ViacomCBS is renamed Paramount in a nod to its past and streaming future
ViacomCBS has renamed itself Paramount in a nod to the company’s historic moviemaking past — and its streaming future.
Chairwoman Shari Redstone announced the name change this week during a virtual investor day to share the company’s strategy and upcoming programming.
The New York-based media conglomerate is placing a huge bet on streaming with its nearly year-old Paramount+ service, which added 7.3 million subscribers during the fourth quarter. Paramount+ now has 32.8 million subscribers and is projected to grow to 100 million subscribers worldwide by 2024.
The rebranding comes two years after Redstone formed ViacomCBS by reuniting her late father’s Viacom media company with legendary broadcasting company CBS. Since then, executives have worked to integrate operations and sell CBS assets, including the Simon & Schuster book publishing house, CBS’ iconic Manhattan skyscraper and historic CBS Radford television lot in Studio City, to help finance streaming operations.
“Our strategy has always been to harness the strength of our traditional business to build something new,” Redstone told investors Tuesday from Kaufman Astoria Studios in New York, the original movie studio home more than a century ago. “Paramount was always at the core of this vision. Today we are thrilled to announce that ViacomCBS has become Paramount Global, or simply Paramount.”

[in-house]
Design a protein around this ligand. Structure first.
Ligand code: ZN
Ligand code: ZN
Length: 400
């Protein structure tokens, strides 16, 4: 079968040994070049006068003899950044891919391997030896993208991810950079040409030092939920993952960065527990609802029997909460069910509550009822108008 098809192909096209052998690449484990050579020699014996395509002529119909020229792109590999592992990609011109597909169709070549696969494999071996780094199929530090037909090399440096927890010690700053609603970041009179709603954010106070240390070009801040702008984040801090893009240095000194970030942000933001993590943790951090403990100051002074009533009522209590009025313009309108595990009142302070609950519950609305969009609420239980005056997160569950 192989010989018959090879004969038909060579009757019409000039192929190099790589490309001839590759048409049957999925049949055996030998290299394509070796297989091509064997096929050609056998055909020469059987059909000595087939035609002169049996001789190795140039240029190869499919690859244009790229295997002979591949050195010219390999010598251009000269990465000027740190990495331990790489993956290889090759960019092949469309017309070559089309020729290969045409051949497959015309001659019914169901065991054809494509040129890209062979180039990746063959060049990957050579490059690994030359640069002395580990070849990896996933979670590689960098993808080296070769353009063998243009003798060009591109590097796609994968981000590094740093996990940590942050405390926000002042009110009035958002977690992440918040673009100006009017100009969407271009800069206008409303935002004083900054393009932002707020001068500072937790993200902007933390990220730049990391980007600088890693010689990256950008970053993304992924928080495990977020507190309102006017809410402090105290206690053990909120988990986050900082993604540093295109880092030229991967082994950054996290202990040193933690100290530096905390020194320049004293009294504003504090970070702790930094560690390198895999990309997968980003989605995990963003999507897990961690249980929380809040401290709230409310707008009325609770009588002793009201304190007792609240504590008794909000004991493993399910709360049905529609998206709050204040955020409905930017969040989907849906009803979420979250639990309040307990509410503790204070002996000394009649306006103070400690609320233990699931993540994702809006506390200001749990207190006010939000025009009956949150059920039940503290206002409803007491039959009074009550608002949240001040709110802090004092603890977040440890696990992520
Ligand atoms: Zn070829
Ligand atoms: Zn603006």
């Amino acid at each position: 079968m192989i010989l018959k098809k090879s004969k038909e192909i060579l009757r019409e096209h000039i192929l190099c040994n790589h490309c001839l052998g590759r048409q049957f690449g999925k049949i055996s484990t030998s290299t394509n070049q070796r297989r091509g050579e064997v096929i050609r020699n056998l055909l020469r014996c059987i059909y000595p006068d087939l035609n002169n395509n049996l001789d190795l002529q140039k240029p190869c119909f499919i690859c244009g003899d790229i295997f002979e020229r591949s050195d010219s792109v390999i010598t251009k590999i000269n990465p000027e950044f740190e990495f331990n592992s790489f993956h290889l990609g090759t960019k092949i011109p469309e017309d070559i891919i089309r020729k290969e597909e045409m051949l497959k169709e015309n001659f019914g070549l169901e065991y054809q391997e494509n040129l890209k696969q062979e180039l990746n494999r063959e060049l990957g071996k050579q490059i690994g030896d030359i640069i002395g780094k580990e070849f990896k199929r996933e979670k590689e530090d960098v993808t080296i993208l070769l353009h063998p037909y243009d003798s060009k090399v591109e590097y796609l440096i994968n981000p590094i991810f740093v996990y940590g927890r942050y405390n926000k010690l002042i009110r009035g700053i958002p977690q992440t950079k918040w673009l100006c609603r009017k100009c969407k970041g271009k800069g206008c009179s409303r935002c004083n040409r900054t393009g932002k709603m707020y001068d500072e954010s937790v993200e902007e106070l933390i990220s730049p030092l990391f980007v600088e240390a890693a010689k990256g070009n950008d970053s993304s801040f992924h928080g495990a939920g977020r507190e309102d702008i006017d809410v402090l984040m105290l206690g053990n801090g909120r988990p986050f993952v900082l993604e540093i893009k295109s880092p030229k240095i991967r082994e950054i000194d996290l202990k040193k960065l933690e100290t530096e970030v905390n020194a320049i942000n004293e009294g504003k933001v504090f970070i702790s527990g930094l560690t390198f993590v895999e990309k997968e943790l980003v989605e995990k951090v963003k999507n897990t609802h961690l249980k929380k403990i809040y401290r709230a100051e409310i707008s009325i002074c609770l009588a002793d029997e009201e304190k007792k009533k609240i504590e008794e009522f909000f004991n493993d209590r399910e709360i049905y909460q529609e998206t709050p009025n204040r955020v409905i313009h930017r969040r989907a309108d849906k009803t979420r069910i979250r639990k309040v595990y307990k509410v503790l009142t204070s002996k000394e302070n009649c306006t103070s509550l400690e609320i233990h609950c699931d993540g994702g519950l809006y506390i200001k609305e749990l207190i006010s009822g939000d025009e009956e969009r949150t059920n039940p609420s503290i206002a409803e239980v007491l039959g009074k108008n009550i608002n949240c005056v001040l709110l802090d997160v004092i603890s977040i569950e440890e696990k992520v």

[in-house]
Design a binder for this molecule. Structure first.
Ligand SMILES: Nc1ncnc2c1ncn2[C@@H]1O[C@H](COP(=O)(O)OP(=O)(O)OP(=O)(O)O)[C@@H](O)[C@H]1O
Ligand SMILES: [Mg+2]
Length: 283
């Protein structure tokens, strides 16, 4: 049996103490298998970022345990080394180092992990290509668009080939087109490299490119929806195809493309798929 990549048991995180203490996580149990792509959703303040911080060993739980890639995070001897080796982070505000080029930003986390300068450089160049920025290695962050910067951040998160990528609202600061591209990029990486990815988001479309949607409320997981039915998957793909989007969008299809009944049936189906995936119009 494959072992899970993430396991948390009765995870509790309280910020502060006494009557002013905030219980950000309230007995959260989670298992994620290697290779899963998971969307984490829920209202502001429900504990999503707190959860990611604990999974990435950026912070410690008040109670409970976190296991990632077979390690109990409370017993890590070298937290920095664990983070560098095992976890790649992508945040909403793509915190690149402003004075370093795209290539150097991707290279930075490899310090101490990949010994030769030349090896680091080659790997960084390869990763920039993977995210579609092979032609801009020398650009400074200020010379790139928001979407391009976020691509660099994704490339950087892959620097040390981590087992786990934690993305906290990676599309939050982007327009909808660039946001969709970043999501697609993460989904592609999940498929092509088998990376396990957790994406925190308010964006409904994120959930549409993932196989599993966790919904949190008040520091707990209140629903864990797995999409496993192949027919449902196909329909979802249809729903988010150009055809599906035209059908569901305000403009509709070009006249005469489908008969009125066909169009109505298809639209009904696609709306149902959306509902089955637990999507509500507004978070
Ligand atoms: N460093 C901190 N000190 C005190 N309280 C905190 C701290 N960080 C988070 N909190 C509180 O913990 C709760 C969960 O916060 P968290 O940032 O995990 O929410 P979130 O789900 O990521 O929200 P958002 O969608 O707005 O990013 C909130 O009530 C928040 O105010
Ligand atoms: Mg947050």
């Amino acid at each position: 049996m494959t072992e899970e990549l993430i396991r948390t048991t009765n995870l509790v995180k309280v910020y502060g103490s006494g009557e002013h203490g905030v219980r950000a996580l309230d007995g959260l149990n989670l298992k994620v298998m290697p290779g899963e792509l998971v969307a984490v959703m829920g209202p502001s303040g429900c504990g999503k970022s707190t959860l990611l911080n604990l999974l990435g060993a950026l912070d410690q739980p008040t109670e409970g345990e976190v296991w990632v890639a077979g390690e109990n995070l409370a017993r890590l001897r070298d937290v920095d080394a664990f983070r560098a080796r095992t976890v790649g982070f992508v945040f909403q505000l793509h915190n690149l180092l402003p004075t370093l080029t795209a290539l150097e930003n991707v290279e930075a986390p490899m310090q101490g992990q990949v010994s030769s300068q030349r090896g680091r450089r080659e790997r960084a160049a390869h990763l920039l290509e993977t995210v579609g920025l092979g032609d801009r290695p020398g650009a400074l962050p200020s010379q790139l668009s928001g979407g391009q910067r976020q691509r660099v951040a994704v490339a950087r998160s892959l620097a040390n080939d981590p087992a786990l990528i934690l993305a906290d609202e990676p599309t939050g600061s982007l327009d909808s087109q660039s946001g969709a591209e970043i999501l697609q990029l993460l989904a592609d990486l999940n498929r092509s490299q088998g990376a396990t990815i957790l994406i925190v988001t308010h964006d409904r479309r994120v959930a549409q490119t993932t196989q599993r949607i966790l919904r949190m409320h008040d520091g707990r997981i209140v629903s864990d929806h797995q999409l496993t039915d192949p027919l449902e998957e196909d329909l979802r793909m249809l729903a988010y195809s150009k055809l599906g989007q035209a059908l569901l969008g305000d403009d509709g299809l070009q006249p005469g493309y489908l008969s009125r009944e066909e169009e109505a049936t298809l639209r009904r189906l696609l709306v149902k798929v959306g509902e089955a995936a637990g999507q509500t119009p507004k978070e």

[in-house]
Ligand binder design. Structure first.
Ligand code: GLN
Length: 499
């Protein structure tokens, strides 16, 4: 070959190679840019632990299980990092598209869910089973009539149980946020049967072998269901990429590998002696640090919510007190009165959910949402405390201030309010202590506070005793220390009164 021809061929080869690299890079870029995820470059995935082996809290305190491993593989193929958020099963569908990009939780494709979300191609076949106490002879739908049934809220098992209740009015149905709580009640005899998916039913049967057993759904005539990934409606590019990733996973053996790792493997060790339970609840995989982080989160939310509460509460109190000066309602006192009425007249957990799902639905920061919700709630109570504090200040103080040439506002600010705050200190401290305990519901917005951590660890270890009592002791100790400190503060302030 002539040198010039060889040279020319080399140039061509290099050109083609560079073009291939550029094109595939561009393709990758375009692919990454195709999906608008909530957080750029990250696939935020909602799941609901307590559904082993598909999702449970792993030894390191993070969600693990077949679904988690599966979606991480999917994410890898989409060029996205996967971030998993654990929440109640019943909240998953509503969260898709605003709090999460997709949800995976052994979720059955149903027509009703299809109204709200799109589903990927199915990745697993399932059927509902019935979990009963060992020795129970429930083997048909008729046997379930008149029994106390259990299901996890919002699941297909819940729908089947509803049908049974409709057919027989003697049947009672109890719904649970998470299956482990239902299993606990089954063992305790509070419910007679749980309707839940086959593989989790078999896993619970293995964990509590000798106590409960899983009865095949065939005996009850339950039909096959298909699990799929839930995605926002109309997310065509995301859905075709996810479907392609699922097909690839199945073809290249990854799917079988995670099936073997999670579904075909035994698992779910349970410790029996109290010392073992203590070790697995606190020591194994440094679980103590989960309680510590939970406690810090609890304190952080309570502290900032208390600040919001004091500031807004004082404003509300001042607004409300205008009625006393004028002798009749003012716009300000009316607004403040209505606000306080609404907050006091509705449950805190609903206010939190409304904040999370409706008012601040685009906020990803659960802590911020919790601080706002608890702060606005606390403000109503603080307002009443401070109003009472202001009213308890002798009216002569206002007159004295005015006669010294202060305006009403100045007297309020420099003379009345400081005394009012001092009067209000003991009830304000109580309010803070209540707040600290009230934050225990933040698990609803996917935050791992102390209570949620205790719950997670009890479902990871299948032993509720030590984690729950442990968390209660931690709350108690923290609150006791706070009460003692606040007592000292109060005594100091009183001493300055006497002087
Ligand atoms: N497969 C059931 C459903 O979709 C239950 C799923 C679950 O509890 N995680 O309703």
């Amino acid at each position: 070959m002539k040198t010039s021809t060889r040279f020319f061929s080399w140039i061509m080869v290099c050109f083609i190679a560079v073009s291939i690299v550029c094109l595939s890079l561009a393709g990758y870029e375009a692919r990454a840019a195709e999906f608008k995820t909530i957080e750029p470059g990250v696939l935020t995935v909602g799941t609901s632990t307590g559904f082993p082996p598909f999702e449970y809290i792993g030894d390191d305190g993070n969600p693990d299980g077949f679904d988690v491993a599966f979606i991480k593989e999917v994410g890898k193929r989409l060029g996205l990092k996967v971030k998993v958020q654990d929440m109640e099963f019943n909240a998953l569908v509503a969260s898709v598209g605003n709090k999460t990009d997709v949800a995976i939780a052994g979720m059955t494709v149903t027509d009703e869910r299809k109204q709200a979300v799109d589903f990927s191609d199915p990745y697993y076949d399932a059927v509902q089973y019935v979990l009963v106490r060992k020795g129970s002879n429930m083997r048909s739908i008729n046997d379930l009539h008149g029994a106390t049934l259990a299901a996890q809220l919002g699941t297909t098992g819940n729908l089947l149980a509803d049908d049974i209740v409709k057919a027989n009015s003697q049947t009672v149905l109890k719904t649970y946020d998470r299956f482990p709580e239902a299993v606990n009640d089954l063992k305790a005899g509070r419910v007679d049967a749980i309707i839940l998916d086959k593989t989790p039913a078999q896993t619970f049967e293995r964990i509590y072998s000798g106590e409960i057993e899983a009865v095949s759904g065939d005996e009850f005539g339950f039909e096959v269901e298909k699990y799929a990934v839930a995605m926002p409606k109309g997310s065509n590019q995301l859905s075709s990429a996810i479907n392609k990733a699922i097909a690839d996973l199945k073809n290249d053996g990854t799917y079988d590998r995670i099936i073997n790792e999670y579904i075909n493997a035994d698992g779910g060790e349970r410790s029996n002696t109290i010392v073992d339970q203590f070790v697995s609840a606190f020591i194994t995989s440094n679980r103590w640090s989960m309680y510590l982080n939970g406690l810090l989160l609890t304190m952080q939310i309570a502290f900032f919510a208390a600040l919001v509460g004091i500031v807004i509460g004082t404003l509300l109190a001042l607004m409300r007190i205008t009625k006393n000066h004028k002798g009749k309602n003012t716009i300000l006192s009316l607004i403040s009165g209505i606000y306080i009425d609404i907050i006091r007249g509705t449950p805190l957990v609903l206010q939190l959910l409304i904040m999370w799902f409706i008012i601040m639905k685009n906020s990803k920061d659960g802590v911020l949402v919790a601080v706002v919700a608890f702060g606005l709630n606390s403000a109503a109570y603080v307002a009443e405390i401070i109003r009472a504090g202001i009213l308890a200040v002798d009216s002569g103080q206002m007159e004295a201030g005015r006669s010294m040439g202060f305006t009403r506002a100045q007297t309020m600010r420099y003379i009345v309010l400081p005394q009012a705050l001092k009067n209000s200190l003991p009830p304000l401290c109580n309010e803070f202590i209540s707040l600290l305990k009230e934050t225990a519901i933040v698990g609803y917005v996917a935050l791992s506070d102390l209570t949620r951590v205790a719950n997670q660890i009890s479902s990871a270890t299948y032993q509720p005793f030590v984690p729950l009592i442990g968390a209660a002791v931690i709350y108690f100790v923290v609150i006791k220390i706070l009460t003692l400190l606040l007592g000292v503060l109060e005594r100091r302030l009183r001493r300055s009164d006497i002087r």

The pivot underscores the challenges that media companies face as they try to market their programming directly to consumers, rather than rely on their traditional partners, such as movie theater chains and pay-TV distributors.
The rebranding also demonstrates how ViacomCBS and other traditional firms are attempting to straddle two worlds: running legacy businesses that still provide the majority of profits while competing with deep-pocketed technology giants Netflix, Amazon and Apple. Paramount also must keep pace with longtime and larger rivals, including Warner Bros., NBCUniversal and Walt Disney Co.
Investors expressed skepticism, in part because of weaker-than-expected fourth-quarter earnings.
Viacom’s revenue grew 15% to $8 billion in the fourth quarter compared with a year earlier, while profit grew to $2 billion, up from $810 million a year earlier.
On Wednesday, ViacomCBS Class B shares, which switch Thursday to the ticker PARA, plummeted 17.8% to $29.58.
Investors seem worried by the company’s ability to boost spending on content for Paramount+ as the company’s traditional networks — CBS, Nickelodeon, BET, MTV and Comedy Central — are grappling with audience erosion. ViacomCBS spent $2.2 billion last year on streaming programming and expects to invest $6 billion for streaming content in 2024.
“As content expense for the company keeps growing, we anticipate further pressure on free cash flow in the next couple of years before the [direct-to-consumer] segment is able to reduce its losses,” MoffettNathanson media analyst Robert Fishman wrote in a Wednesday report.